Use, Esteem, and Profit in Voluntary Provision: Toll Roads in California, 1850-1902
Daniel B. Klein
George Mason University - Department of Economics
Economic Inquiry, Vol. 34, No. 4, October 1996
In studying the history of toll road companies in California, we see motives of both use-and-esteem and residual returns. Some road companies were initiated as business enterprises, aiming squarely at dividends. For other road companies, use-and-esteem motivations inspired a large number of community members to contribute; this we call community enterprise. Also, there are the cases of use-and-esteem motives inducing a small number of wealthy parties to finance a road, which we call coterie enterprise. In comparison to the earlier toll road movements in the eastern United States, the California toll road experience showed less of the community enterprise model and more of the business enterprise and coterie enterprise models.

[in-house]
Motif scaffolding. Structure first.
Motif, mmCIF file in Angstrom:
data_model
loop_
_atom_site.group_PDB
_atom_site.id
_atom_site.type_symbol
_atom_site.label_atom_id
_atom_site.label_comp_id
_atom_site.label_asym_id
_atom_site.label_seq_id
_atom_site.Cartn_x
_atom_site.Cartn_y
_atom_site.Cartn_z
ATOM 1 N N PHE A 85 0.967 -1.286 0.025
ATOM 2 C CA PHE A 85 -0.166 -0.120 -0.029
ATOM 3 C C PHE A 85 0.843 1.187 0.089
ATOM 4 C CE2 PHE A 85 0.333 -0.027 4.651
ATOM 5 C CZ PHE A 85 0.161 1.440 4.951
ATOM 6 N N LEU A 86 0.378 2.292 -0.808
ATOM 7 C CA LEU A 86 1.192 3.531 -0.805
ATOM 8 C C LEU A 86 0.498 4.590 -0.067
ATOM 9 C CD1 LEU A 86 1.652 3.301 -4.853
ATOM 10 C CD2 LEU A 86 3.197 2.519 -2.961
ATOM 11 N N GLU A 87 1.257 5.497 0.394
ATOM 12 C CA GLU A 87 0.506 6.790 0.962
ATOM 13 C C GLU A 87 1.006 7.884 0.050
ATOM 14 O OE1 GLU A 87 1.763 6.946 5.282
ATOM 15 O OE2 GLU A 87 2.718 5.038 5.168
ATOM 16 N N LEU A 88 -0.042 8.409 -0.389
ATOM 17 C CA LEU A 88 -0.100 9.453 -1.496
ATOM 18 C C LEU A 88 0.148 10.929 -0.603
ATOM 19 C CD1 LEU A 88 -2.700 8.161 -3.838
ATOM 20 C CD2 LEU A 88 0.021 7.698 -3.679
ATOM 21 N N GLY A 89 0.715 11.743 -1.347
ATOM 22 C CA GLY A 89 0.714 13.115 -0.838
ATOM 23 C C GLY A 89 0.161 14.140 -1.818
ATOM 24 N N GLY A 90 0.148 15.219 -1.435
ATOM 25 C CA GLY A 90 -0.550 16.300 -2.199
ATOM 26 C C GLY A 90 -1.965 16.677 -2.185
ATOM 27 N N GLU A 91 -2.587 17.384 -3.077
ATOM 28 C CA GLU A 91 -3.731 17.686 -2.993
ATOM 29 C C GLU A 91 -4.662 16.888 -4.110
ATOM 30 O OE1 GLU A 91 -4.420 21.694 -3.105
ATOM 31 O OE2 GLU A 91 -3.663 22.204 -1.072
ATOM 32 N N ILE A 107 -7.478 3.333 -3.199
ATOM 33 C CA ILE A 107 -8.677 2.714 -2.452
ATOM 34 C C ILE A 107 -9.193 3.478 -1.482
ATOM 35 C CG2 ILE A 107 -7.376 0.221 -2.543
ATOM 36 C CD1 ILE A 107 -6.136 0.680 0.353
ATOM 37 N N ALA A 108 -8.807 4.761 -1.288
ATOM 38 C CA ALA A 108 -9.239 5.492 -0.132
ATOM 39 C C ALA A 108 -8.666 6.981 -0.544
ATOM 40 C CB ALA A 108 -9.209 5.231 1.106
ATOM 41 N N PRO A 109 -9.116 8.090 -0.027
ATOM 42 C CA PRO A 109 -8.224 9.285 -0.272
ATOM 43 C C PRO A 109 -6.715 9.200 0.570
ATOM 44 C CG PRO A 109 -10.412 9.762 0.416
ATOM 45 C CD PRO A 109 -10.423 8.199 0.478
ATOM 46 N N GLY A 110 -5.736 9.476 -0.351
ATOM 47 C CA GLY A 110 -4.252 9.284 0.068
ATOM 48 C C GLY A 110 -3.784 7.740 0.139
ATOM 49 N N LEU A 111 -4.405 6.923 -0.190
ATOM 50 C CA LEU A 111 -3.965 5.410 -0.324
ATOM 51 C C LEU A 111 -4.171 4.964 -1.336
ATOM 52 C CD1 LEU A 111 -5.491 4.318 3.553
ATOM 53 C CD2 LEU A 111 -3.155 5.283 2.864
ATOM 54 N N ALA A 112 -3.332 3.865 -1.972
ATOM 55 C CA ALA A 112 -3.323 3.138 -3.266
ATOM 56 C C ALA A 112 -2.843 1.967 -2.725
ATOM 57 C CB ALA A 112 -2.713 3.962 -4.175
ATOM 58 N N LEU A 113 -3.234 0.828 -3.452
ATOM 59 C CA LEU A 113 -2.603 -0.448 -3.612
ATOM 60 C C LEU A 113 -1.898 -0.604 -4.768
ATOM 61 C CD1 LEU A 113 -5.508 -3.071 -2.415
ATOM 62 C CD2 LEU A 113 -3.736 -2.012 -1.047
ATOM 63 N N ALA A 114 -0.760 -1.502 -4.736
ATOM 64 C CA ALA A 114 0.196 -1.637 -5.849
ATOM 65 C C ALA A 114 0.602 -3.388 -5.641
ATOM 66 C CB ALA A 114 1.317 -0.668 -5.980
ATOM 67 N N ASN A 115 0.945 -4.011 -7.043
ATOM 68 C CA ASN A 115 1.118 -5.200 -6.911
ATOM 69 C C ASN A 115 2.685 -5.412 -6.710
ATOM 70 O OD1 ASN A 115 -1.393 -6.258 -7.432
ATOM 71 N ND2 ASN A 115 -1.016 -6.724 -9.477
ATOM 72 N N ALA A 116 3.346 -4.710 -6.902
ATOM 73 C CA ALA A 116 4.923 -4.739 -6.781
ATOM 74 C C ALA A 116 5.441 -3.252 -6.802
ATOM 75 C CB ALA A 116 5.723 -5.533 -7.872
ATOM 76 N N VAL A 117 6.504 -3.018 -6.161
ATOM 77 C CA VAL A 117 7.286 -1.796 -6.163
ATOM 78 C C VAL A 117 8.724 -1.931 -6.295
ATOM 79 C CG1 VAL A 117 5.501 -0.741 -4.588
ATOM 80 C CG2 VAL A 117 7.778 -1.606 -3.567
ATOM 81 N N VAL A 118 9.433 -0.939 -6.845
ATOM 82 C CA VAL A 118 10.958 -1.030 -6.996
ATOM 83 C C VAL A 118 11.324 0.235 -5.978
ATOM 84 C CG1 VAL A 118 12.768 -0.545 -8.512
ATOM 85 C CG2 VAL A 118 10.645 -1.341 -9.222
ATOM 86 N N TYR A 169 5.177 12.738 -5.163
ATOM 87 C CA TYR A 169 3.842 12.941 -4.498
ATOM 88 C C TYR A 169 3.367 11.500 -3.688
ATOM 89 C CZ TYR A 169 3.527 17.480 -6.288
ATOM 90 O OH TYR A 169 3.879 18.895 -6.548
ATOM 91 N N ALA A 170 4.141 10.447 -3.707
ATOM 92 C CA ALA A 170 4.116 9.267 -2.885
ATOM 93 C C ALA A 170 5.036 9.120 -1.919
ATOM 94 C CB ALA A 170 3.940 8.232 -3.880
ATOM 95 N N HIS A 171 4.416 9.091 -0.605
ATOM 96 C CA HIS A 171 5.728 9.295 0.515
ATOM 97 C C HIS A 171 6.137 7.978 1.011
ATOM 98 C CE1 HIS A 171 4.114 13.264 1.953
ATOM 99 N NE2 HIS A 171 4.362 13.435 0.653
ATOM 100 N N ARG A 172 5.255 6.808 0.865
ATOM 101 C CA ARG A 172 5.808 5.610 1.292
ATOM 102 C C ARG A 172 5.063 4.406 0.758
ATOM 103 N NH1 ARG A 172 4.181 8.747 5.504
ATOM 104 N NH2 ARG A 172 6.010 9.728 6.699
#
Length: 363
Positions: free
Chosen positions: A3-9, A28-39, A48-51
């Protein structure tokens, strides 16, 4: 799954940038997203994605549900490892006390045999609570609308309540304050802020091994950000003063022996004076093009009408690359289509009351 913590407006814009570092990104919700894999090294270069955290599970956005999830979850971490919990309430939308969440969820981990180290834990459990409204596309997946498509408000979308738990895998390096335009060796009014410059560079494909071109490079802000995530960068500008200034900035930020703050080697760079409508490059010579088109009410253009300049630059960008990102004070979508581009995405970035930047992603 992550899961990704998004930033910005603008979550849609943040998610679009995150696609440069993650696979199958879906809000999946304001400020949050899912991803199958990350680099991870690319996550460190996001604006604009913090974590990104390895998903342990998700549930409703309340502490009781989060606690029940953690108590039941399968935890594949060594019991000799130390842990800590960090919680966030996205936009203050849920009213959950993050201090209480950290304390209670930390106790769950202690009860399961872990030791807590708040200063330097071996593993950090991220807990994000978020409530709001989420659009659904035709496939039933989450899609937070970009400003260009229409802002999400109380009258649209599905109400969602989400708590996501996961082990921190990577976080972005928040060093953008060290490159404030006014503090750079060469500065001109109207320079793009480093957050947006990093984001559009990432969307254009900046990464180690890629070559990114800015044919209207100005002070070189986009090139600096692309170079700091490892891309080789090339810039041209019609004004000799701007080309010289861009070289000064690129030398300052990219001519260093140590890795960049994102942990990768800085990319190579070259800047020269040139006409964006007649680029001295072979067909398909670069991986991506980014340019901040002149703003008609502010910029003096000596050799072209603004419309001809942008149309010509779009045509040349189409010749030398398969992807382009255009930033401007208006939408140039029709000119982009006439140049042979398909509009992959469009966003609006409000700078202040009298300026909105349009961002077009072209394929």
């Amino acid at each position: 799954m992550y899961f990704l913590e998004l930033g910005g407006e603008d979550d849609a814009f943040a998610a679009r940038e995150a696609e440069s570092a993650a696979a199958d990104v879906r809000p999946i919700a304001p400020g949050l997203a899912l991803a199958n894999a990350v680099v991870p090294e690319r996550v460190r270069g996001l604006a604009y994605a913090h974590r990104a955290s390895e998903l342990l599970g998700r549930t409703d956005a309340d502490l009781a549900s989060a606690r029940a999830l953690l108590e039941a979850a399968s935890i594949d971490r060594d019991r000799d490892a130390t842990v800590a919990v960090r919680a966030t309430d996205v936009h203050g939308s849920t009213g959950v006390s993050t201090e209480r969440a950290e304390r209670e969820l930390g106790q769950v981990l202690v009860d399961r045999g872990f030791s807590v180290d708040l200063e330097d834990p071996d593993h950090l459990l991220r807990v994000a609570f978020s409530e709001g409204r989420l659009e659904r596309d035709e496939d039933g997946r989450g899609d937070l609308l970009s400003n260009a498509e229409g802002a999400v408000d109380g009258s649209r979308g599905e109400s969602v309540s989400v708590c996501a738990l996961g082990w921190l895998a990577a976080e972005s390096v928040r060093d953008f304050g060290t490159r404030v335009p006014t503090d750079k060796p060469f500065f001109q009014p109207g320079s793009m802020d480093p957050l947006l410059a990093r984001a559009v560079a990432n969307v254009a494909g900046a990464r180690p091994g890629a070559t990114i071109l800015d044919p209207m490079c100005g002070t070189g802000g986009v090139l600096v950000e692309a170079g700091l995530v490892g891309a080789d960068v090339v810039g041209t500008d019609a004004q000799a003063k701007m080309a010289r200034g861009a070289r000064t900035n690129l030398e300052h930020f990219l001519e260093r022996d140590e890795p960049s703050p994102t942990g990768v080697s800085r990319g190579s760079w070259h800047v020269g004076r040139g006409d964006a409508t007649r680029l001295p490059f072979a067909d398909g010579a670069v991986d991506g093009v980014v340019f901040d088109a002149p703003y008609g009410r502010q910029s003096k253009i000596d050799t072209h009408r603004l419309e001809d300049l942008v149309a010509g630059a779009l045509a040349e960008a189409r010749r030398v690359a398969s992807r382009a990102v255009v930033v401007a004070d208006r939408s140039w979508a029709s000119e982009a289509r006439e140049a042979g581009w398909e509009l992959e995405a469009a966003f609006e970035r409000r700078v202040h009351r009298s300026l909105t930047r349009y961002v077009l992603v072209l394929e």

Number of Pages in PDF File: 19
Keywords: Toll roads, esteem, profit, voluntary provision, public goods, free riding, infrastructure, CaliforniaAccepted Paper Series
Date posted: February 23, 2004
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